* India sees accommodation in final lap
* Rejects preconditions, calls to reopen what is settled
By Jonathan Lynn
GENEVA, Oct 20 India's trade chief added his
voice on Wednesday to comments that the long-stalled Doha talks
to free up world trade are again showing signs of life.
But Trade Minister Anand Sharma said India would not reopen
what had been agreed, and any deal must help developing
countries by making farm trade fairer -- apparently rejecting
U.S. calls for a shake-up of what is on the table so far.
Sharma was speaking after a visit to assess the state of the
negotiations in Geneva, where ambassadors at the World Trade
Organization have been brainstorming in small groups in recent
weeks to seek new areas of agreement in the deadlocked talks.
"We are very happy that there has been some progress, where
in addition to processes the substance is being discussed,"
Sharma told a news conference.
He said he could see a shared interest in bringing the talks
to a conclusion to help boost the world economy. [ID:nLDE69I1KQ]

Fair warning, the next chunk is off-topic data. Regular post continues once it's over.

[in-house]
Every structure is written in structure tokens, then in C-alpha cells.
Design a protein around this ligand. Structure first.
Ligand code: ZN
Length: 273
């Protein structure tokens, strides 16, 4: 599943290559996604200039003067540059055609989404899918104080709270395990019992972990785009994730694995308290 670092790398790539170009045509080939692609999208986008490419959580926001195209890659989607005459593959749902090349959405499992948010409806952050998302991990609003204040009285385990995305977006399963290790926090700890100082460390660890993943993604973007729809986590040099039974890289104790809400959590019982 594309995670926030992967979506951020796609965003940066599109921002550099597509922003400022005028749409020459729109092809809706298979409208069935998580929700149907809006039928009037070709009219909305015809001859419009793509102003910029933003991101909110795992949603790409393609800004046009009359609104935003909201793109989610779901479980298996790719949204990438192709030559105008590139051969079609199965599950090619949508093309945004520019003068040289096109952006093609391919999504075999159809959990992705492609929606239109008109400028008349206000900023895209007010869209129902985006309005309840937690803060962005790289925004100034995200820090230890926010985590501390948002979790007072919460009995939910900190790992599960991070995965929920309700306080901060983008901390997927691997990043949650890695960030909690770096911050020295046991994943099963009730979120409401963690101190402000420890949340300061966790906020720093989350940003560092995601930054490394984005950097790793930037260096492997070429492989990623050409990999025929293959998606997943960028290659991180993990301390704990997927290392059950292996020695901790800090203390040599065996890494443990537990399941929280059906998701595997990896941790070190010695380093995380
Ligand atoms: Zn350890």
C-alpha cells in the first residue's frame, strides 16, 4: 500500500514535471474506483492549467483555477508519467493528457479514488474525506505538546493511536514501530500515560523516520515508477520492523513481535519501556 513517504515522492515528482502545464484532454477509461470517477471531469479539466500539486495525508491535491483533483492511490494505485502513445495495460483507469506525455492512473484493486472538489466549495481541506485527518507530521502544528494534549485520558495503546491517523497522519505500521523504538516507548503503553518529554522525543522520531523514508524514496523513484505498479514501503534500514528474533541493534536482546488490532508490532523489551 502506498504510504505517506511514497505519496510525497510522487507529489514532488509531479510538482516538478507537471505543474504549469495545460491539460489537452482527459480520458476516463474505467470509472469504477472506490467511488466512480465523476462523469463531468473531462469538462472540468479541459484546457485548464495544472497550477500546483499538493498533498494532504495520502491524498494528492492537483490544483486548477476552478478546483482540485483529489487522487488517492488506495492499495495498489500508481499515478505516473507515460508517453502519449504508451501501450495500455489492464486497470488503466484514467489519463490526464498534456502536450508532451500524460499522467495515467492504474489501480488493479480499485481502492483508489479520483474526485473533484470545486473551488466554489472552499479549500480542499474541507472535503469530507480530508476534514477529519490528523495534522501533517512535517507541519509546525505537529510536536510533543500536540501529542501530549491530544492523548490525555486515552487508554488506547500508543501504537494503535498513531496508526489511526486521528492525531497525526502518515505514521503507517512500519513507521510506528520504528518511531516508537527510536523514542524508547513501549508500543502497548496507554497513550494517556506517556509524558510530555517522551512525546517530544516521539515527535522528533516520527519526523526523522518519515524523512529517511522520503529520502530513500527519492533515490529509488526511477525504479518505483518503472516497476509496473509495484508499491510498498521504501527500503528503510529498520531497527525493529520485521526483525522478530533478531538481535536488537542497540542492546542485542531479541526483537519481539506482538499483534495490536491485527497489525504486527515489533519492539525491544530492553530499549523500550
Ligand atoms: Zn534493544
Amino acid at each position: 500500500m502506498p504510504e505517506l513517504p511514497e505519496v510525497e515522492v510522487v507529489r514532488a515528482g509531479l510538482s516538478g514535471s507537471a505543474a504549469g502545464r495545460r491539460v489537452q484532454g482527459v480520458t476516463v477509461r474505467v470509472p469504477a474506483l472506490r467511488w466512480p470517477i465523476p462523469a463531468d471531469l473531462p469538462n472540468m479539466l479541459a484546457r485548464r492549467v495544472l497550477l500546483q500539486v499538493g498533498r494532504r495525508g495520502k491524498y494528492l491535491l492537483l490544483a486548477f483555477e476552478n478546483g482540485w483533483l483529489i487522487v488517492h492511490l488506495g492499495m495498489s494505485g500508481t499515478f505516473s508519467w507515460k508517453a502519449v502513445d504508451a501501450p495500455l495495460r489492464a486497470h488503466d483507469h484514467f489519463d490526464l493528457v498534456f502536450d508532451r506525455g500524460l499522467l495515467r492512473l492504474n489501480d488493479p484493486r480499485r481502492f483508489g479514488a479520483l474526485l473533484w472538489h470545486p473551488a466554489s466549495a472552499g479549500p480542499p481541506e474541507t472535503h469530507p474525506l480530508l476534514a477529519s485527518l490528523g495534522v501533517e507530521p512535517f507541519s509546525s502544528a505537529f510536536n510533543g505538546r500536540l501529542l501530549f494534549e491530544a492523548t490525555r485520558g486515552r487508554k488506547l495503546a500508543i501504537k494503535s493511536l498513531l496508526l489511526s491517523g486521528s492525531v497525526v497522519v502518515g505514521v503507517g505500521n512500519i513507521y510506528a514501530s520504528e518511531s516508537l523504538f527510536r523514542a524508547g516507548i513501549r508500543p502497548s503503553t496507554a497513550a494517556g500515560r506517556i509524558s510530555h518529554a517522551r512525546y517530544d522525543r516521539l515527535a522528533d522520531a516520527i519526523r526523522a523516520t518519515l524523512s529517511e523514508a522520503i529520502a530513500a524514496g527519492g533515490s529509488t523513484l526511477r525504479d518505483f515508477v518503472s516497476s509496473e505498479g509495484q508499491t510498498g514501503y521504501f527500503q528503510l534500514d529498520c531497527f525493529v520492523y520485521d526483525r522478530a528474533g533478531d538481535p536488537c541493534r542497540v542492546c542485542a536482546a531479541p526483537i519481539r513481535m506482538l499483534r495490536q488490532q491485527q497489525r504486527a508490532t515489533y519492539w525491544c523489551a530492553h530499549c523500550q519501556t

He said there was now an expectation that leaders of the G20
would provide a clear declaration of political intent at their
summit in Seoul next month about the need to reach a deal.
The talks were launched in late 2001 to free up global
commerce and help poor countries prosper through trade, but have
been deadlocked for over two years, largely on differences
between the United States and big emerging economies like India,
China and Brazil over the extent they should open up.
Sharma said the past nine years of talks had achieved a
balance between agriculture and industrial goods.
That runs counter to calls from Washington for richer
developing countries to do more to open up their markets for
industrial goods in return for the cuts in trade-distorting farm
subsidies that the United States is expected to make.
In particular, the United States wants the big emerging
economies to promise now to sign up to agreements eliminating
duties in certain sectors such as chemicals in addition to any
general cuts in industrial tariffs they agree to.
Sharma said these sectoral deals were voluntary and
countries would only decide which ones to sign up to once the
WTO's 153 members had reached an outline deal on the Doha talks.
However, he hinted New Delhi would be prepared to make
concessions on sectoral deals and other issues once ministers
get into the final negotiations.
"In a spirit of accommodation there will be very clear and
specific understandings which will happen when the end-game is
announced," he said.
(Editing by Janet Lawrence)